ALL ART FILMS ALL THE TIME - Movie of the Week
ALL ART FILMS ALL THE TIME
For Hicksflicks.com, Friday, Sept. 1, 2017
With no major-studio flicks opening this weekend (what, back-to-schoolers don’t go to the movies?), there are only four new pictures in town, and all are so-called “art-house movies,” independents and foreign films — a French-language farce, an urban comic look at marriage, a sexualized period piece and a character tale of a would-be rapper.
“Lost in Paris” (NR, in French with English subtitles). Quirky, married, collaborative French-Canadian filmmakers/actors Fiona Gordon and Dominque Abel’s latest (after the oddball farces “L’Iceberg,” “Rumba” and “The Fairy”) has Gordon as a Canadian librarian summoned to Paris by her aunt, who is being threatened with confinement in a care facility. But when she gets there, her aunt has disappeared, and she loses her papers and money after a fall in the Seine River. So she enlists a homeless man (Abel) to help her find her aunt. Gordon and Abel may be an acquired taste but their films overflow with creative, often hilarious, sight gags. (Exclusively at the Broadway Centre Cinemas.)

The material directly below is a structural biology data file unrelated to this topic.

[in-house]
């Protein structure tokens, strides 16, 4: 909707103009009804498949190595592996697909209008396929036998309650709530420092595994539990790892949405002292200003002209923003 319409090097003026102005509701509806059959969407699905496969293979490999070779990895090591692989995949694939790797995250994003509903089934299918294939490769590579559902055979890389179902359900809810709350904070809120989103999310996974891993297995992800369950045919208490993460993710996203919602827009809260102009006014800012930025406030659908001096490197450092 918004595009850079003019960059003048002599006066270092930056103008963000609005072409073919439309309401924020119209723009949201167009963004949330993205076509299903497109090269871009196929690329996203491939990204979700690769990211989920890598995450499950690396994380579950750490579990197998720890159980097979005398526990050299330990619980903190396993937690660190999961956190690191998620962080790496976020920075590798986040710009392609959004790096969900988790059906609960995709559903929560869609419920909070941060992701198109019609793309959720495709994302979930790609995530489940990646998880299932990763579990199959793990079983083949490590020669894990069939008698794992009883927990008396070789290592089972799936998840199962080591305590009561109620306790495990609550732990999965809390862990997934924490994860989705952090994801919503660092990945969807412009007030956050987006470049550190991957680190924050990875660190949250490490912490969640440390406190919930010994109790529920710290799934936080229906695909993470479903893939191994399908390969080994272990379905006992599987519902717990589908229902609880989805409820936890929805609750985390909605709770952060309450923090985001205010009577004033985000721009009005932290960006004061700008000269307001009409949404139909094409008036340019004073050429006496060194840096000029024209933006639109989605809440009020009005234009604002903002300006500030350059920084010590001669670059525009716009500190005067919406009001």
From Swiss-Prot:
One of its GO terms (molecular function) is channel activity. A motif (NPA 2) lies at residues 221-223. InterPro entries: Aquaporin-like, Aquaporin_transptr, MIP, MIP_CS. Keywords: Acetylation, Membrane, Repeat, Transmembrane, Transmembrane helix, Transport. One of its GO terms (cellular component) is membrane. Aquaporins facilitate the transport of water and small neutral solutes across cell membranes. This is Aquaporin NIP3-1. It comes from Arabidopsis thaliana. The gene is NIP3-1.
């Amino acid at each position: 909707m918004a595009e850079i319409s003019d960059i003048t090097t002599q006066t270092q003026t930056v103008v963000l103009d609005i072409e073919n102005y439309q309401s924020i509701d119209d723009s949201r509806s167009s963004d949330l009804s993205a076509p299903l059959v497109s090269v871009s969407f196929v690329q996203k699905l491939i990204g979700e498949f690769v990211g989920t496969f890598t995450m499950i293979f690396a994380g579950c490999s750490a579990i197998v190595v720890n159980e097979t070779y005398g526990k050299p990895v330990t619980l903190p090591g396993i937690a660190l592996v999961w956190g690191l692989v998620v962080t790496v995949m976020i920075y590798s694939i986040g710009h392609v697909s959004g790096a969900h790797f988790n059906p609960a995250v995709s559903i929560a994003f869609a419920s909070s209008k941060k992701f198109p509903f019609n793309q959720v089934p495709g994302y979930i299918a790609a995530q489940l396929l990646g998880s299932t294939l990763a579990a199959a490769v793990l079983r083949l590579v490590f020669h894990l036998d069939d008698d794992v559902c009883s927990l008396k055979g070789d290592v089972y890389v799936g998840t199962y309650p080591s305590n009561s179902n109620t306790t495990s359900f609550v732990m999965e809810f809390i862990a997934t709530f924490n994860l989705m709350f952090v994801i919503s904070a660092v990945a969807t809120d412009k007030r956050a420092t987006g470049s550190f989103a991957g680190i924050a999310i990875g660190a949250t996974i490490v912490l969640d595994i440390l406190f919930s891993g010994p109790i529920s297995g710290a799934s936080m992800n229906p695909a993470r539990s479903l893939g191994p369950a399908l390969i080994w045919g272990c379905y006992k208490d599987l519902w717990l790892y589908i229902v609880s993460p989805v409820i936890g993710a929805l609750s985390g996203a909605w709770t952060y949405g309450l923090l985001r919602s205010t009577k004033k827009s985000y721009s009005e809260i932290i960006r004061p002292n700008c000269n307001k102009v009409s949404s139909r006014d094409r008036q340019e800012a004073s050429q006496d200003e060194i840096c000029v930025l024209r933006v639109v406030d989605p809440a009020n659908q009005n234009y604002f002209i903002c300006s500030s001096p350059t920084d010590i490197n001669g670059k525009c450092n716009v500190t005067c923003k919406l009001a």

“I Do … Until I Don’t” (R). This urban comedy suggests that marriage should be a seven-year contract, with an option to renew or opt out, and is told through the lens of a pretentious documentarian (Dolly Wells) as she follows three couples at various stages of their relationships (Lake Bell and Ed Helms, Mary Steenburgen and Paul Reiser, Amber Heard and Wyatt Cenac). Bell also wrote and directed, her second filmmaking venture after “In a World … ” (Exclusively at the Broadway Centre Cinemas.)
“Tulip Fever” (R). Alicia Vikander is a 17th century orphan in Amsterdam who is forced into a marriage with an older merchant (Christoph Waltz), which saves her from poverty. But when her husband commissions a portrait, she begins a passionate affair with the artist (Dane DeHaan). The title comes from the young lovers’ efforts to join the frenzied tulip-bulb market, which could pay for their freedom. With Judi Dench and Zach Galifianakis.
“Patti Cake$” (R). The title of this darling of the 2017 Sundance Film Festival is a nickname for Patricia Dombrowski (Danielle Macdonald in what critics are calling a starmaking turn), who also goes by “Killa P.,” and is an aspiring rapper looking to break out of her downtrodden life in New Jersey.